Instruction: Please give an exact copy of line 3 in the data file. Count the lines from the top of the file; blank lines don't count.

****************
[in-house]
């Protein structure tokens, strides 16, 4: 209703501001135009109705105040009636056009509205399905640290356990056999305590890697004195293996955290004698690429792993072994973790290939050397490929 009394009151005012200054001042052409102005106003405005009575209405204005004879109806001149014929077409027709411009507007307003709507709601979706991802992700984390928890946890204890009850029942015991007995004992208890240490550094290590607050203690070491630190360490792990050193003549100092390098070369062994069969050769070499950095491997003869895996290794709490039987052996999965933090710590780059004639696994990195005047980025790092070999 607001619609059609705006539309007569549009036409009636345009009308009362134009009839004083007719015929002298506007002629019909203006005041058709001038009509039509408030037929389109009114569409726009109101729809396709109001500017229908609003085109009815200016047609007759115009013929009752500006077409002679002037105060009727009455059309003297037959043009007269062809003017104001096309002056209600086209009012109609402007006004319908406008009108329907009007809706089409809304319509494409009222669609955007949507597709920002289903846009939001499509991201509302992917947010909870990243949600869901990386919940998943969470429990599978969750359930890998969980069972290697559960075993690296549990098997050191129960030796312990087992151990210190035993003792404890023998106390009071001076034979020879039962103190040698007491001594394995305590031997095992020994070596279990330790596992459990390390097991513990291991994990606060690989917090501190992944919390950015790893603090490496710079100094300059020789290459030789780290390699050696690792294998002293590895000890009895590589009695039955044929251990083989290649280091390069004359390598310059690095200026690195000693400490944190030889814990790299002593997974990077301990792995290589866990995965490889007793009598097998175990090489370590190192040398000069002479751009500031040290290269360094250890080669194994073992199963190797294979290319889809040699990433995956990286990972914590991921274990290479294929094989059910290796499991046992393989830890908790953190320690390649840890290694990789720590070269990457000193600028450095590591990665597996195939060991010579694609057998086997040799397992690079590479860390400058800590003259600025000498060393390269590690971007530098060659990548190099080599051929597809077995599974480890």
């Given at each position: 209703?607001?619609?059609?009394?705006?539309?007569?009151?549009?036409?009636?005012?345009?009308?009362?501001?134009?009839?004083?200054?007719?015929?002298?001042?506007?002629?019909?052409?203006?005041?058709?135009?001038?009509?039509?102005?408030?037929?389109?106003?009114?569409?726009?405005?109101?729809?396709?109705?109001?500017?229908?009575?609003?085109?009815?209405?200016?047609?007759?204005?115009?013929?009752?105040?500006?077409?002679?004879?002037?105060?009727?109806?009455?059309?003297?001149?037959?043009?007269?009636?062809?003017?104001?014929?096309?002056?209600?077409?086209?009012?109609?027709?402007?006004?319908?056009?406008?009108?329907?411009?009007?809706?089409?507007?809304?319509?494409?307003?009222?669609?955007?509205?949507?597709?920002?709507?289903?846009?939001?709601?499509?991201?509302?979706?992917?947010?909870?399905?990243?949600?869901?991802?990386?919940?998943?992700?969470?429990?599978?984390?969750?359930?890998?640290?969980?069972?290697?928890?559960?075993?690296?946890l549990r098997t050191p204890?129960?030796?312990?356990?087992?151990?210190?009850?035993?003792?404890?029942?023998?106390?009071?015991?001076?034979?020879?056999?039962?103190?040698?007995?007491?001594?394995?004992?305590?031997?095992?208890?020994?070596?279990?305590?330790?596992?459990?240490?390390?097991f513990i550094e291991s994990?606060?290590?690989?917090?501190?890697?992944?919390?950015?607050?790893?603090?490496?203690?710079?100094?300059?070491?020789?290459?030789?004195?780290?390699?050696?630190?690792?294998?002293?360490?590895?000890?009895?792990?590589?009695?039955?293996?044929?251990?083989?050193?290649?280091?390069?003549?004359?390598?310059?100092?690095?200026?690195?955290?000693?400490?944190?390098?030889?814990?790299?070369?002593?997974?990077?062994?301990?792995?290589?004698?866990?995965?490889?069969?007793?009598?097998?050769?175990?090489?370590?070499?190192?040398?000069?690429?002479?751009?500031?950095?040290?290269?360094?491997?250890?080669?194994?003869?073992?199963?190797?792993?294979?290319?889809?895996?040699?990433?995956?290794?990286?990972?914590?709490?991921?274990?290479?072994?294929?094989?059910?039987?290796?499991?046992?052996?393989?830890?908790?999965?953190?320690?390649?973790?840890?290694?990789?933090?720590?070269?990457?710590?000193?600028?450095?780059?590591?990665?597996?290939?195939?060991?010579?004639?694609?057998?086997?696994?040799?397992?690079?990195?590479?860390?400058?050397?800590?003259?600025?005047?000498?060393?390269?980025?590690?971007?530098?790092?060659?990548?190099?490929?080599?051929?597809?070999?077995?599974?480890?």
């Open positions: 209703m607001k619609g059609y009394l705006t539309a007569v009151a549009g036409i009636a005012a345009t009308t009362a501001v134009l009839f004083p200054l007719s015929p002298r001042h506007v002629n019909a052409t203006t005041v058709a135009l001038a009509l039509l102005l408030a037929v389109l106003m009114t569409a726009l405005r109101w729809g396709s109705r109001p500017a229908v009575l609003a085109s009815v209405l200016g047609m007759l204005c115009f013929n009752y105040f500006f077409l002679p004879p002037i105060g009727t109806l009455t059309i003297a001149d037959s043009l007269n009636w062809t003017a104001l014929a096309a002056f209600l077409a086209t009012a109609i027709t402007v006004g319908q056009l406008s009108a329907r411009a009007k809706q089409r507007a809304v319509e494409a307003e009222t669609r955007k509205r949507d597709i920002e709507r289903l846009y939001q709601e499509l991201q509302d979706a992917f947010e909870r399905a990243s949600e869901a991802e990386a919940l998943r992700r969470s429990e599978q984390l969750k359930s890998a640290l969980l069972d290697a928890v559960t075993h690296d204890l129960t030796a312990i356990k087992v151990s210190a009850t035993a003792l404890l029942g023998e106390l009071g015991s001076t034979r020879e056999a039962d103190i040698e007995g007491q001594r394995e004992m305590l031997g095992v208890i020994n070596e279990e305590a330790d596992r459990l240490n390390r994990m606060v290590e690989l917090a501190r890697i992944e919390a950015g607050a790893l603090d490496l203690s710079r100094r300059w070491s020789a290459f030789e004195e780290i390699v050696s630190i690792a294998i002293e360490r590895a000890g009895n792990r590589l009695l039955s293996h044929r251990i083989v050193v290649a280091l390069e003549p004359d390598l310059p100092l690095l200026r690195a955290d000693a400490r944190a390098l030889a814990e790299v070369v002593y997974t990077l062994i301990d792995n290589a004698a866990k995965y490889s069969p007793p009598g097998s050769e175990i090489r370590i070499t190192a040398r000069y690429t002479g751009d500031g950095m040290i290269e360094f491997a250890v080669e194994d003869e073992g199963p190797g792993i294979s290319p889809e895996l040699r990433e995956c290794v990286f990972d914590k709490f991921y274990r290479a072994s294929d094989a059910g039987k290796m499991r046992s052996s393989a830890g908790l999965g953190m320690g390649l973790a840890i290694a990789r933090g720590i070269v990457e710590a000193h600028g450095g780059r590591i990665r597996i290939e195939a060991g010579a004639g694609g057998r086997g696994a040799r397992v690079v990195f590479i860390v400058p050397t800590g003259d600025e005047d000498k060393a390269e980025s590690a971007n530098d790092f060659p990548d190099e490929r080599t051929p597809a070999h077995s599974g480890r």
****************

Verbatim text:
């Given at each position: 209703?607001?619609?059609?009394?705006?539309?007569?009151?549009?036409?009636?005012?345009?009308?009362?501001?134009?009839?004083?200054?007719?015929?002298?001042?506007?002629?019909?052409?203006?005041?058709?135009?001038?009509?039509?102005?408030?037929?389109?106003?009114?569409?726009?405005?109101?729809?396709?109705?109001?500017?229908?009575?609003?085109?009815?209405?200016?047609?007759?204005?115009?013929?009752?105040?500006?077409?002679?004879?002037?105060?009727?109806?009455?059309?003297?001149?037959?043009?007269?009636?062809?003017?104001?014929?096309?002056?209600?077409?086209?009012?109609?027709?402007?006004?319908?056009?406008?009108?329907?411009?009007?809706?089409?507007?809304?319509?494409?307003?009222?669609?955007?509205?949507?597709?920002?709507?289903?846009?939001?709601?499509?991201?509302?979706?992917?947010?909870?399905?990243?949600?869901?991802?990386?919940?998943?992700?969470?429990?599978?984390?969750?359930?890998?640290?969980?069972?290697?928890?559960?075993?690296?946890l549990r098997t050191p204890?129960?030796?312990?356990?087992?151990?210190?009850?035993?003792?404890?029942?023998?106390?009071?015991?001076?034979?020879?056999?039962?103190?040698?007995?007491?001594?394995?004992?305590?031997?095992?208890?020994?070596?279990?305590?330790?596992?459990?240490?390390?097991f513990i550094e291991s994990?606060?290590?690989?917090?501190?890697?992944?919390?950015?607050?790893?603090?490496?203690?710079?100094?300059?070491?020789?290459?030789?004195?780290?390699?050696?630190?690792?294998?002293?360490?590895?000890?009895?792990?590589?009695?039955?293996?044929?251990?083989?050193?290649?280091?390069?003549?004359?390598?310059?100092?690095?200026?690195?955290?000693?400490?944190?390098?030889?814990?790299?070369?002593?997974?990077?062994?301990?792995?290589?004698?866990?995965?490889?069969?007793?009598?097998?050769?175990?090489?370590?070499?190192?040398?000069?690429?002479?751009?500031?950095?040290?290269?360094?491997?250890?080669?194994?003869?073992?199963?190797?792993?294979?290319?889809?895996?040699?990433?995956?290794?990286?990972?914590?709490?991921?274990?290479?072994?294929?094989?059910?039987?290796?499991?046992?052996?393989?830890?908790?999965?953190?320690?390649?973790?840890?290694?990789?933090?720590?070269?990457?710590?000193?600028?450095?780059?590591?990665?597996?290939?195939?060991?010579?004639?694609?057998?086997?696994?040799?397992?690079?990195?590479?860390?400058?050397?800590?003259?600025?005047?000498?060393?390269?980025?590690?971007?530098?790092?060659?990548?190099?490929?080599?051929?597809?070999?077995?599974?480890?």